Frost/Nixon Â (Rated R)
Gavin Grade: B
Oscar Watch! Â This one's up for Best Picture and when that news got out, the studio re-released this. Â That means it was out of theaters in Sacramento, but now it's back and playing a couple places. Make sure you don't go see this movie tired; it's definetly a "Talkie." Â It's not the most exciting movie in the world, there aren't twists and turns that keep you interested either. Â The only thing that makes this movie what it is, is the story and the performances. Â Makes sense too considering that it's based on a play. Â The story is about how a British talk-show host, David Frost, bet everything on getting an interview with former disgraced President, Richard Nixon. Â What Frost tried to do was get Nixon to own up to his mistakes and apologize to America for his wrong-doings. Â A story that echoes the sentiments of how many Americans feel about George W. Bush eerily too well. Â The movie is carried by the two main actors. Â Michael Sheen plays Frost and Frank Langella plays Nixon. Â If there is anyone in this year's Oscar race that can give Mickey Rourke a run for the money and SHOULD win over him, it's Frank Langella. Â Sadly the last thing I remember him from playing Skeletor in "Masters of the Universe." Â But Langella is so good in this movie that it's like watching moving art. Â He has lengthy monologues that make you think that you ARE watching Richard Nixon spout his sadness and insecurities. Â What's just as good as Langella's performance is the partnership between director, Ron Howard, and writer, Peter Morgan (who also wrote the play). Â They actually show Nixon as a smart, crafty, selfish and unstable man, but make you feel so bad and sympathetic for him that you may be like me, and have a few tears by the end. Â However, the biggest tragedy with this movie is that Langella will lose Best Actor to Mickey Rourke.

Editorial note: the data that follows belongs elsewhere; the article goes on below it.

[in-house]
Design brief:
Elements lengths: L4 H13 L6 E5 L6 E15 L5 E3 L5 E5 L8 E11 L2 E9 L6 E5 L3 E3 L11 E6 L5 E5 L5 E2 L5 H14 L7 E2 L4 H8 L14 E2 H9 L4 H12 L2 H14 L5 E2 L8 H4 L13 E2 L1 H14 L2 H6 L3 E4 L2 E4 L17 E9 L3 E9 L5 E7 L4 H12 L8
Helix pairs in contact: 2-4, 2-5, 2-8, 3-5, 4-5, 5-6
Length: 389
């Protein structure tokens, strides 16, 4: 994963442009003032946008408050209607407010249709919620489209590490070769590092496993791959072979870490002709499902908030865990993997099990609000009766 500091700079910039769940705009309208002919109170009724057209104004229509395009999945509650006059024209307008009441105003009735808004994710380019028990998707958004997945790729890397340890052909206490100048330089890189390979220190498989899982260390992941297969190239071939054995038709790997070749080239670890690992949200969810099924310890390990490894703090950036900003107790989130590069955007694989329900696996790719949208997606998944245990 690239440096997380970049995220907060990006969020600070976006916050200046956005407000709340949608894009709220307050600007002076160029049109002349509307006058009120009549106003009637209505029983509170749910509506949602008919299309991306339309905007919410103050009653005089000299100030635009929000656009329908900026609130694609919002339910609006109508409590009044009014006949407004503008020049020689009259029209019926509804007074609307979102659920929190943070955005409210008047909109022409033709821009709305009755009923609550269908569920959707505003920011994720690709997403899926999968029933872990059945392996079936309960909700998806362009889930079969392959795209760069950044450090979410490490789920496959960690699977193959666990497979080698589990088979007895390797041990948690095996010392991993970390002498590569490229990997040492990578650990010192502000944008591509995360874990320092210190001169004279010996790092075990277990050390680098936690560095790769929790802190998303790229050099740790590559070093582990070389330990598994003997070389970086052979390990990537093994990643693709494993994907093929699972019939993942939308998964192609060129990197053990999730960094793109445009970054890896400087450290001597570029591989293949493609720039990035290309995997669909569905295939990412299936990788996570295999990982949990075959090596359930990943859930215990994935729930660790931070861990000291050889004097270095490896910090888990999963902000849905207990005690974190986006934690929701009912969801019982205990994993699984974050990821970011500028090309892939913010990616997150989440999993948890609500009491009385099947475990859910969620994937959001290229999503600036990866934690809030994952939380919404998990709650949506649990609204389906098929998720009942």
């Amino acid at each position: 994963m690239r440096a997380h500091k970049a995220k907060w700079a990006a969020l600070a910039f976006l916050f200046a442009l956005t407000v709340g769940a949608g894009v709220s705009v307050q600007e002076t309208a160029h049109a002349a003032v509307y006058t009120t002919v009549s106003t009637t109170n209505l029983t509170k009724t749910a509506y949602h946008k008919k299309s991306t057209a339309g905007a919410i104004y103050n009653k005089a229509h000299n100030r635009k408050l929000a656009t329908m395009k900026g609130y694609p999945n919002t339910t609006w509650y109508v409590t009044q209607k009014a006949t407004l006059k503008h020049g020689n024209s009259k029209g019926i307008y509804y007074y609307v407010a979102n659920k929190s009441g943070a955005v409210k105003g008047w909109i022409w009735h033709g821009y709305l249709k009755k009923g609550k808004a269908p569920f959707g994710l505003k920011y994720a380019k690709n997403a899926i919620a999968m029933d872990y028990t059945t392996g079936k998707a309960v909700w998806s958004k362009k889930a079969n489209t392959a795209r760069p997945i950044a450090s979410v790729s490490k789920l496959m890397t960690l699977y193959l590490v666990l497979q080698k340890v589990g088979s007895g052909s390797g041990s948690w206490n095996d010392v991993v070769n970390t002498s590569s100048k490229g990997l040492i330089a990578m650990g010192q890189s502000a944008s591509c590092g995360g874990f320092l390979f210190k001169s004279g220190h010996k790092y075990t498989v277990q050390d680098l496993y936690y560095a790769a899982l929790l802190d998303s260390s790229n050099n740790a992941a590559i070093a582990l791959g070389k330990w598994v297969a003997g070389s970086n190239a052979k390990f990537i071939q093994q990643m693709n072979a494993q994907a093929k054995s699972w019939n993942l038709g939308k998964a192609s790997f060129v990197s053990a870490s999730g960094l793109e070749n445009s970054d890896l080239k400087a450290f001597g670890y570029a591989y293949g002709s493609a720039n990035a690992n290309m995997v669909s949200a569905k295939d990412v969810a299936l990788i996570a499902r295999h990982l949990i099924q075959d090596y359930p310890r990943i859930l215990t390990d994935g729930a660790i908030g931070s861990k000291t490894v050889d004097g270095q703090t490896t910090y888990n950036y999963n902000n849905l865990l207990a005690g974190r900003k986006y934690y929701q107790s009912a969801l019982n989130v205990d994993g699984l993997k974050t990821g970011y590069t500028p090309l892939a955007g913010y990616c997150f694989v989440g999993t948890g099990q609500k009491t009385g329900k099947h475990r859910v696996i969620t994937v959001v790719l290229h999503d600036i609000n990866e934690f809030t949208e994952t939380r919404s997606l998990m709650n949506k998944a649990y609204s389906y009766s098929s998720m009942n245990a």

The Wrestler (Rated R)
Gavin Grade: B+
Oscar Watch!Â Eh, who are we kidding; Mickey Rourke has this one in the bag.Â Everyone is calling this his big comeback to acting, but I thought he had that when he starred in "Sin City" a few years ago.Â Of course instead of shooting comic book bad guys, this time he's a professional wrestler who's down on his luck.Â The whole story personifies Rourke's own career which is why director, Darren Aronofsky, said he would only do this movie with him.Â Aronofsky is the director of "Requiem for a Dream," which is one of my favorite movies.Â His approach to "The Wrestler" was totally different though.Â He used handheld camerawork through the whole movie and made it feel almost like a documentary.Â If you get motion sickness, you might want to sit this one out.Â You may also want to sit this one out if you have a weak stomach, considering one scene is gut-wrenching as we see a brutal wrestling match that involves barbed wire, staple guns and razor wire.Â The one thing that I loved about this movie was that it's the first movie in a long time that really was about an anti-hero.Â At no point during this movie do I like Rourke's character of Randy "The Ram" Robinson.Â I feel bad for him, but he's his own worst enemy.Â The only people in his empty life are his estranged daughter (Evan Rachel Wood)Â and a stripper (Marisa Tomei), who is just as lost as him.Â Those two crank out performances that are just as noteworthy as Rourke's.Â In the end, the movie stands up as a really impressive character-driven story.Â However, the film is like "The Ram," it might be its own worst enemy in the respect that the world of Pro Wrestling might be too much for some moviegoers to take, and the main character is so unlikable that you're not hoping he succeeds.
Gran Torino (Rated R)
Gavin Grade: C